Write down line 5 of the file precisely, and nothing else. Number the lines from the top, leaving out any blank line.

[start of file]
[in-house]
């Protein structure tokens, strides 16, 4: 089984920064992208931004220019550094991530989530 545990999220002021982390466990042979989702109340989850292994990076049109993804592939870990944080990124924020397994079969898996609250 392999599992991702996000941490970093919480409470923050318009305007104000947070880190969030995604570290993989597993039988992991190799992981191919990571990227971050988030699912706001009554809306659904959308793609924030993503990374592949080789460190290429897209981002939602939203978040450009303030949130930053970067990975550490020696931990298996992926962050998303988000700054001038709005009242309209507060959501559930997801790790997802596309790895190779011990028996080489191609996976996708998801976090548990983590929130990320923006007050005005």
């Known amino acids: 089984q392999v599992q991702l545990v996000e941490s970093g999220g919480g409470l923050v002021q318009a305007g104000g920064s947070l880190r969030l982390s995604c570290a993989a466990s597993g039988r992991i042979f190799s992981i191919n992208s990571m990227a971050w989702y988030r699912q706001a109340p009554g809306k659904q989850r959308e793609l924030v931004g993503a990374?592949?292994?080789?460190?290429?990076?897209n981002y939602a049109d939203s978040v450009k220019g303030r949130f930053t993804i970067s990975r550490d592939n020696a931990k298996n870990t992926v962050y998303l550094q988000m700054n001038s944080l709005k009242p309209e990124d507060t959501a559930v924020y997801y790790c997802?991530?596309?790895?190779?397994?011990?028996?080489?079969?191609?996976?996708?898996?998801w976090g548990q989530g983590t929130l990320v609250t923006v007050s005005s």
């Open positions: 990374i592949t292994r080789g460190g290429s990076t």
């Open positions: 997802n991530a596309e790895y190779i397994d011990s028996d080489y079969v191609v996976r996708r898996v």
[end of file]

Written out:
């Open positions: 997802n991530a596309e790895y190779i397994d011990s028996d080489y079969v191609v996976r996708r898996v």